Gabriel Ballesteros
Partner
Ballesteros Mureddu
Manuel Mureddu
Manuel Mureddu
Partner
Ballesteros Mureddu
/
View from the Top

Developers Face Social, Political Headaches

Tue, 11/01/2016 - 10:21

Q: How are the discrepancies between environmental and land management policies affecting developers?

GB: The obstruction of the real estate project in Cancun’s mangroves is a popular example of the challenges developers face when it comes to governmental and community approval of projects. The original developer had been authorized by municipal authorities to begin construction but lacked the obligatory approval of another agency. The whole situation demonstrates a great disconnect between governmental levels and agencies. The municipal governments, in general, can approve projects without notifying the federal government, which can later deny approval. Ecological planning programs are taking shape but they contradict land management programs. Companies also point out the incongruence of the Urban Development Program that labels ecological zones as land that can be used for housing. Businesses have no way of finding information about these changes and the situation is causing ecological and urban law to collide.

Q: What needs to be done to bridge the gap between public needs and private sector ambitions?

GB: It is not uncommon for the public sector to approve projects proposed by private companies and allow them to begin, only to later stop the entire project. Social discontent occurs when projects do not effectively include communities in the planning and development process and this can hinder continuity. The instability highlights the significance of understanding the needs of both citizens and the private sector. Political parties grant a considerable chunk of their attention to elections and when they find themselves in an unfavorable position, they start blocking major development projects to regain public support. In other cases, they will encourage the construction of ostentatious projects to get the attention of voters even if those projects are not ideal for the area’s urban development.

MM: It is not extraordinarily challenging to understand the regulatory framework that surrounds infrastructure. Companies often encounter unseen environmental problems midway through construction that could have been avoided with an in-depth analysis of the law. Contingencies should be planned for any project but this route forces companies to stray from their original plans and budget.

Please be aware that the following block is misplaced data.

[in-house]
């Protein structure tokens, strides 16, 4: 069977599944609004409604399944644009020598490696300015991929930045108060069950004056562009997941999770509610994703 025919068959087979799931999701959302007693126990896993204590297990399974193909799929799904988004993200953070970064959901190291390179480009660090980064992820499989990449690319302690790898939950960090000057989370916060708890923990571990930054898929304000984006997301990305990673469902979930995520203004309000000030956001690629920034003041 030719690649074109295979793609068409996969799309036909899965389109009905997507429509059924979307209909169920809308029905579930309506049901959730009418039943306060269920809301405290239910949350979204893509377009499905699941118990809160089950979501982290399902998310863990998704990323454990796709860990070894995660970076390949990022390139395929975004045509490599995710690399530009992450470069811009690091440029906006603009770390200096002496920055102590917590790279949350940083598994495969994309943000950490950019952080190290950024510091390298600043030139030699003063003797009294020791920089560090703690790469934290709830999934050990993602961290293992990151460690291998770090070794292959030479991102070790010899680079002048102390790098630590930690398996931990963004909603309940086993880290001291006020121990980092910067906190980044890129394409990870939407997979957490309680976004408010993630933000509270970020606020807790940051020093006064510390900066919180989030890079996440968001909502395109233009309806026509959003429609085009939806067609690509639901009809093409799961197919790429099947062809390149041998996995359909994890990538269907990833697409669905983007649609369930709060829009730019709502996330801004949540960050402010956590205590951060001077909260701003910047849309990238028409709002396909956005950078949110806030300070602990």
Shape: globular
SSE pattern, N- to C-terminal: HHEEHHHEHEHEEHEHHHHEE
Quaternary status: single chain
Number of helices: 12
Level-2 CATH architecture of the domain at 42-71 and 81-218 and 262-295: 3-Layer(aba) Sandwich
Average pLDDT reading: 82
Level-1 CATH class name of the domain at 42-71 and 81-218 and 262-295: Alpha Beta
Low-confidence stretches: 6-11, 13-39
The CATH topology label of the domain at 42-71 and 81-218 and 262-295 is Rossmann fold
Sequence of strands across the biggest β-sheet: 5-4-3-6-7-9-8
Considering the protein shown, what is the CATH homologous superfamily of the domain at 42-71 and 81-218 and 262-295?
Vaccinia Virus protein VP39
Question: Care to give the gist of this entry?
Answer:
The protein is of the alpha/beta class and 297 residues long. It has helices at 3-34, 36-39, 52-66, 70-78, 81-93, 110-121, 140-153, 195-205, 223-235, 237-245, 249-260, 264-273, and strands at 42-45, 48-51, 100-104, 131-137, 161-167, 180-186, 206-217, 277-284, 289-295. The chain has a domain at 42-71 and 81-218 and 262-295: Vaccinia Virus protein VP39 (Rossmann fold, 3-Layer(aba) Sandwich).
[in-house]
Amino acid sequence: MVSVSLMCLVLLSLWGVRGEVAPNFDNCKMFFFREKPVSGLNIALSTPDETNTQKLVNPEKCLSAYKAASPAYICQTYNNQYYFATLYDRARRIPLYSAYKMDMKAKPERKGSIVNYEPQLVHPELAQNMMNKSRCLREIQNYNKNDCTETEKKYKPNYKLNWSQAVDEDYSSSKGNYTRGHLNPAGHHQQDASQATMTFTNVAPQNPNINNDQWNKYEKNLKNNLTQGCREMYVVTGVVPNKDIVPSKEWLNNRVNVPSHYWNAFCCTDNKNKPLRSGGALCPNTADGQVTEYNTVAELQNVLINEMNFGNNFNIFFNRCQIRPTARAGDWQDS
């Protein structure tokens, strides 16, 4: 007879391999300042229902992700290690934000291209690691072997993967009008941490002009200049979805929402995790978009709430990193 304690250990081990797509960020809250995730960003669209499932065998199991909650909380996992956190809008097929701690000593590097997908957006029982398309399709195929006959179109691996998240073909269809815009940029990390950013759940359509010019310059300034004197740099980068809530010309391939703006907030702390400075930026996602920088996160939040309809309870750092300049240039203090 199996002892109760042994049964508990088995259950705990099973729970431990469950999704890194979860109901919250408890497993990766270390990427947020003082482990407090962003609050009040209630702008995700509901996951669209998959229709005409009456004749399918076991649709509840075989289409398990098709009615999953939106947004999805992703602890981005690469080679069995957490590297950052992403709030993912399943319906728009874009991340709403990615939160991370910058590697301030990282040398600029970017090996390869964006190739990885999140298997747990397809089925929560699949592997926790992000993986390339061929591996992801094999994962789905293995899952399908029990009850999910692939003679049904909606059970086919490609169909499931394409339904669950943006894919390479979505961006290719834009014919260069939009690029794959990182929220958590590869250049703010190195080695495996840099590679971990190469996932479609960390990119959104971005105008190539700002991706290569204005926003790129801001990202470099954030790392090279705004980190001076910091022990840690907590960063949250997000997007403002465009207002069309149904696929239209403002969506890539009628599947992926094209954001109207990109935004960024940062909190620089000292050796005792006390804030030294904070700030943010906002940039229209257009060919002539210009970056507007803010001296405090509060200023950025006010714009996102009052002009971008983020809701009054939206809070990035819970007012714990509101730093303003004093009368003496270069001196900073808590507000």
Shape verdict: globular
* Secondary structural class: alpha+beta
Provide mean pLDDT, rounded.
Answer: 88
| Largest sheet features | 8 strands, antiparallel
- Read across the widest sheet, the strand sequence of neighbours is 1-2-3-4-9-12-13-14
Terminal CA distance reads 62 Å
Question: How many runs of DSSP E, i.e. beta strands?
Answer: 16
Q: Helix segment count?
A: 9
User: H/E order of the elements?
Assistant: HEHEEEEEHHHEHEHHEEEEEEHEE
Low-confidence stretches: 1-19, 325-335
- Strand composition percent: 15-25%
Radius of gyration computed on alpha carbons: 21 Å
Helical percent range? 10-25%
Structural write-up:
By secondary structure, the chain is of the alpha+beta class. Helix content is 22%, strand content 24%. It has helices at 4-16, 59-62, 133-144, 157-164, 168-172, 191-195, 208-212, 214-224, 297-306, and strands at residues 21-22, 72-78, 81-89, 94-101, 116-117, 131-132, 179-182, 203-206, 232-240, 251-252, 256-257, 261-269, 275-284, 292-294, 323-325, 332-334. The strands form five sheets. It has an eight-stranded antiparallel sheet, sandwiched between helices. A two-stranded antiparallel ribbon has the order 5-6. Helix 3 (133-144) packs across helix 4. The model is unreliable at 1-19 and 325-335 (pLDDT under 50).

GB: Developers face consequences such as legal sanctions when they do not carry out the proper studies from the outset. As a result, they are forced to find ways to reach their established targets and comply with their financial obligations despite project adjustments. At the same time, they cannot risk losing the trust of investment funds. It is at this point in the project that developers are most tempted to make decisions that lead to dishonesty.

Q: How can social and political issues be avoided?

GB: Creating dialogue with municipal and state governors no longer ensures that developments will be completed because ecological groups are ramping up pressure on the government. It is becoming increasingly difficult for companies to find loopholes. If a company submits a change of land use request, SEMARNAT publishes this information on its website to ensure transparency.

MM: To avoid many of these issues, companies must carry out a thorough legal analysis that covers every possible aspect that could affect development. Businesses mistakenly think that this simply involves the granting of licenses by urban authorities when in reality it implies a number of environmental, urban development and registry analyses. By not doing this, developers risk having their projects halted. Many are so anxious to reap profits they overlook significant steps and end up increasing the total cost of the project. The most effective way to look at these types of situations is by understanding that officials are temporary but laws are forever.